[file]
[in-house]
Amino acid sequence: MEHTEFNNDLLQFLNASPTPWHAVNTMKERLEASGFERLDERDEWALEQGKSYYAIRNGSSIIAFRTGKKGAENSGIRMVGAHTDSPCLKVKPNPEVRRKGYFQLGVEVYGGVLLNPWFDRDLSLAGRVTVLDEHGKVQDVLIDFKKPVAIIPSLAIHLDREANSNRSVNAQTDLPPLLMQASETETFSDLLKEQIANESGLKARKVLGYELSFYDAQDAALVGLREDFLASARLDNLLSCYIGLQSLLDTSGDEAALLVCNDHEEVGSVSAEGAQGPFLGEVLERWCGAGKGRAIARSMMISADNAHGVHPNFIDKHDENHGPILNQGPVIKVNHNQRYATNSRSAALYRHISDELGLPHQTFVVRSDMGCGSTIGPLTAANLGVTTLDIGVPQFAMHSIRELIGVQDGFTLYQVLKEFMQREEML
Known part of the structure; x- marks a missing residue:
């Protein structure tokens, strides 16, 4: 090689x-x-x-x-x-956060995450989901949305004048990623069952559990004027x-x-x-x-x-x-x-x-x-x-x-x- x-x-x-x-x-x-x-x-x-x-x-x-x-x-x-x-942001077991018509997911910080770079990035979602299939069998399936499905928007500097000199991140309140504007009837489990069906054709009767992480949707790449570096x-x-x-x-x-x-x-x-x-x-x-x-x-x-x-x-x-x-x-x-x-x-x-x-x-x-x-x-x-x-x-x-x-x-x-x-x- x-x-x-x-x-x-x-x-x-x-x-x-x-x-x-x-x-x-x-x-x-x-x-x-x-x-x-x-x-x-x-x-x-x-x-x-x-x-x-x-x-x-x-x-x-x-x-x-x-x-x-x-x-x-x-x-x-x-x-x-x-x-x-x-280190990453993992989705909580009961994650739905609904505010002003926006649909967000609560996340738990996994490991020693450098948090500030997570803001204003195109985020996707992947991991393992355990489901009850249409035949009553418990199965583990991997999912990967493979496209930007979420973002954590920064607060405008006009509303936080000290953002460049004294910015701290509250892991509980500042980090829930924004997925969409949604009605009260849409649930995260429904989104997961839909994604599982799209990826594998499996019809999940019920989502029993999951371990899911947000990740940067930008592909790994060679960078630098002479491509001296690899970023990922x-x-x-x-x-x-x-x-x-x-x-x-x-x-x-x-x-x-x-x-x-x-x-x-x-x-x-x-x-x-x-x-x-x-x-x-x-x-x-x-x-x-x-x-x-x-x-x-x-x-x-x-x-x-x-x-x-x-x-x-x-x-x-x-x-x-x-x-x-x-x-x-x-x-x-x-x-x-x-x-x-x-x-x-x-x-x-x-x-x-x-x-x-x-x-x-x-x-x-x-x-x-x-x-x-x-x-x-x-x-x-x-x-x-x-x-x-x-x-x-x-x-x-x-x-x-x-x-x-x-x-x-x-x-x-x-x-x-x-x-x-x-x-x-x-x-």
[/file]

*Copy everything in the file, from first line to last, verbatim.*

[in-house]
Amino acid sequence: MEHTEFNNDLLQFLNASPTPWHAVNTMKERLEASGFERLDERDEWALEQGKSYYAIRNGSSIIAFRTGKKGAENSGIRMVGAHTDSPCLKVKPNPEVRRKGYFQLGVEVYGGVLLNPWFDRDLSLAGRVTVLDEHGKVQDVLIDFKKPVAIIPSLAIHLDREANSNRSVNAQTDLPPLLMQASETETFSDLLKEQIANESGLKARKVLGYELSFYDAQDAALVGLREDFLASARLDNLLSCYIGLQSLLDTSGDEAALLVCNDHEEVGSVSAEGAQGPFLGEVLERWCGAGKGRAIARSMMISADNAHGVHPNFIDKHDENHGPILNQGPVIKVNHNQRYATNSRSAALYRHISDELGLPHQTFVVRSDMGCGSTIGPLTAANLGVTTLDIGVPQFAMHSIRELIGVQDGFTLYQVLKEFMQREEML
Known part of the structure; x- marks a missing residue:
């Protein structure tokens, strides 16, 4: 090689x-x-x-x-x-956060995450989901949305004048990623069952559990004027x-x-x-x-x-x-x-x-x-x-x-x- x-x-x-x-x-x-x-x-x-x-x-x-x-x-x-x-942001077991018509997911910080770079990035979602299939069998399936499905928007500097000199991140309140504007009837489990069906054709009767992480949707790449570096x-x-x-x-x-x-x-x-x-x-x-x-x-x-x-x-x-x-x-x-x-x-x-x-x-x-x-x-x-x-x-x-x-x-x-x-x- x-x-x-x-x-x-x-x-x-x-x-x-x-x-x-x-x-x-x-x-x-x-x-x-x-x-x-x-x-x-x-x-x-x-x-x-x-x-x-x-x-x-x-x-x-x-x-x-x-x-x-x-x-x-x-x-x-x-x-x-x-x-x-x-280190990453993992989705909580009961994650739905609904505010002003926006649909967000609560996340738990996994490991020693450098948090500030997570803001204003195109985020996707992947991991393992355990489901009850249409035949009553418990199965583990991997999912990967493979496209930007979420973002954590920064607060405008006009509303936080000290953002460049004294910015701290509250892991509980500042980090829930924004997925969409949604009605009260849409649930995260429904989104997961839909994604599982799209990826594998499996019809999940019920989502029993999951371990899911947000990740940067930008592909790994060679960078630098002479491509001296690899970023990922x-x-x-x-x-x-x-x-x-x-x-x-x-x-x-x-x-x-x-x-x-x-x-x-x-x-x-x-x-x-x-x-x-x-x-x-x-x-x-x-x-x-x-x-x-x-x-x-x-x-x-x-x-x-x-x-x-x-x-x-x-x-x-x-x-x-x-x-x-x-x-x-x-x-x-x-x-x-x-x-x-x-x-x-x-x-x-x-x-x-x-x-x-x-x-x-x-x-x-x-x-x-x-x-x-x-x-x-x-x-x-x-x-x-x-x-x-x-x-x-x-x-x-x-x-x-x-x-x-x-x-x-x-x-x-x-x-x-x-x-x-x-x-x-x-x-």